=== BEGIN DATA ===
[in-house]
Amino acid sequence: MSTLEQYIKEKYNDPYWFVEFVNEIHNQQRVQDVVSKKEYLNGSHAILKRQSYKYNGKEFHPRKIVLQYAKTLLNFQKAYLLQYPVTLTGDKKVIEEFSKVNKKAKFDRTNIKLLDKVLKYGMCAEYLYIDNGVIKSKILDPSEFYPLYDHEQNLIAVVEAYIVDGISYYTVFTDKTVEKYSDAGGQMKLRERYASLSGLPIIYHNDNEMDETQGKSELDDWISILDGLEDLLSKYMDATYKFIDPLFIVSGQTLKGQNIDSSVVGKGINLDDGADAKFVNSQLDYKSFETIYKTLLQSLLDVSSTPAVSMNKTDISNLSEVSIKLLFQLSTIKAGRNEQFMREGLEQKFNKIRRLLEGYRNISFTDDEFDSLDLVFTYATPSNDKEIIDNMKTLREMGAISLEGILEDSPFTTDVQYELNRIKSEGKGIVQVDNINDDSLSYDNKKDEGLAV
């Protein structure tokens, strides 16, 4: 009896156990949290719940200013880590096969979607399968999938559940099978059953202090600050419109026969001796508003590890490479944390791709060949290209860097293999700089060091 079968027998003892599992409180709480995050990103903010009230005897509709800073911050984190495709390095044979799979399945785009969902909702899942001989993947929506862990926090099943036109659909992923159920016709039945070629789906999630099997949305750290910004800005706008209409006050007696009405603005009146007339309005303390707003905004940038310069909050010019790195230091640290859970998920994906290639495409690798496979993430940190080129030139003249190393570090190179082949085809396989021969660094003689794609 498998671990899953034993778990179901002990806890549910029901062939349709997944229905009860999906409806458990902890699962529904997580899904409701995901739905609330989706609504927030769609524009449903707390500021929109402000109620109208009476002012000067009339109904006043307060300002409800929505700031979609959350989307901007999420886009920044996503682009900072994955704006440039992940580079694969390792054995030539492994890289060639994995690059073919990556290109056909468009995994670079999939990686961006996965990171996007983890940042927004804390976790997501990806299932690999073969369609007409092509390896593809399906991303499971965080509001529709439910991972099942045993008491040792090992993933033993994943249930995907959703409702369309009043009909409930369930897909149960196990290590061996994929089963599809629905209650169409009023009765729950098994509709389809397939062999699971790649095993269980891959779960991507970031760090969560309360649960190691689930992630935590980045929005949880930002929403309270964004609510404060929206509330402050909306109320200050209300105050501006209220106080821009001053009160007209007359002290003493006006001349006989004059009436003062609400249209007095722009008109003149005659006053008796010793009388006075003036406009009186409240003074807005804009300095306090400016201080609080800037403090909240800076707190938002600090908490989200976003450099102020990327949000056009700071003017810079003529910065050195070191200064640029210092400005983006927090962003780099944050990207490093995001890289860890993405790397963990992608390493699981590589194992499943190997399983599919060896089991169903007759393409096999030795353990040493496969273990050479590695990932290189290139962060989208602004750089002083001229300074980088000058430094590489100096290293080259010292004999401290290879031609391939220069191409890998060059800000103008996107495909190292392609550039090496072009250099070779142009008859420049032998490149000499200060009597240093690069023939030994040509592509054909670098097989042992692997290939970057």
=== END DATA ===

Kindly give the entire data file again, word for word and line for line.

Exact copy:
[in-house]
Amino acid sequence: MSTLEQYIKEKYNDPYWFVEFVNEIHNQQRVQDVVSKKEYLNGSHAILKRQSYKYNGKEFHPRKIVLQYAKTLLNFQKAYLLQYPVTLTGDKKVIEEFSKVNKKAKFDRTNIKLLDKVLKYGMCAEYLYIDNGVIKSKILDPSEFYPLYDHEQNLIAVVEAYIVDGISYYTVFTDKTVEKYSDAGGQMKLRERYASLSGLPIIYHNDNEMDETQGKSELDDWISILDGLEDLLSKYMDATYKFIDPLFIVSGQTLKGQNIDSSVVGKGINLDDGADAKFVNSQLDYKSFETIYKTLLQSLLDVSSTPAVSMNKTDISNLSEVSIKLLFQLSTIKAGRNEQFMREGLEQKFNKIRRLLEGYRNISFTDDEFDSLDLVFTYATPSNDKEIIDNMKTLREMGAISLEGILEDSPFTTDVQYELNRIKSEGKGIVQVDNINDDSLSYDNKKDEGLAV
């Protein structure tokens, strides 16, 4: 009896156990949290719940200013880590096969979607399968999938559940099978059953202090600050419109026969001796508003590890490479944390791709060949290209860097293999700089060091 079968027998003892599992409180709480995050990103903010009230005897509709800073911050984190495709390095044979799979399945785009969902909702899942001989993947929506862990926090099943036109659909992923159920016709039945070629789906999630099997949305750290910004800005706008209409006050007696009405603005009146007339309005303390707003905004940038310069909050010019790195230091640290859970998920994906290639495409690798496979993430940190080129030139003249190393570090190179082949085809396989021969660094003689794609 498998671990899953034993778990179901002990806890549910029901062939349709997944229905009860999906409806458990902890699962529904997580899904409701995901739905609330989706609504927030769609524009449903707390500021929109402000109620109208009476002012000067009339109904006043307060300002409800929505700031979609959350989307901007999420886009920044996503682009900072994955704006440039992940580079694969390792054995030539492994890289060639994995690059073919990556290109056909468009995994670079999939990686961006996965990171996007983890940042927004804390976790997501990806299932690999073969369609007409092509390896593809399906991303499971965080509001529709439910991972099942045993008491040792090992993933033993994943249930995907959703409702369309009043009909409930369930897909149960196990290590061996994929089963599809629905209650169409009023009765729950098994509709389809397939062999699971790649095993269980891959779960991507970031760090969560309360649960190691689930992630935590980045929005949880930002929403309270964004609510404060929206509330402050909306109320200050209300105050501006209220106080821009001053009160007209007359002290003493006006001349006989004059009436003062609400249209007095722009008109003149005659006053008796010793009388006075003036406009009186409240003074807005804009300095306090400016201080609080800037403090909240800076707190938002600090908490989200976003450099102020990327949000056009700071003017810079003529910065050195070191200064640029210092400005983006927090962003780099944050990207490093995001890289860890993405790397963990992608390493699981590589194992499943190997399983599919060896089991169903007759393409096999030795353990040493496969273990050479590695990932290189290139962060989208602004750089002083001229300074980088000058430094590489100096290293080259010292004999401290290879031609391939220069191409890998060059800000103008996107495909190292392609550039090496072009250099070779142009008859420049032998490149000499200060009597240093690069023939030994040509592509054909670098097989042992692997290939970057």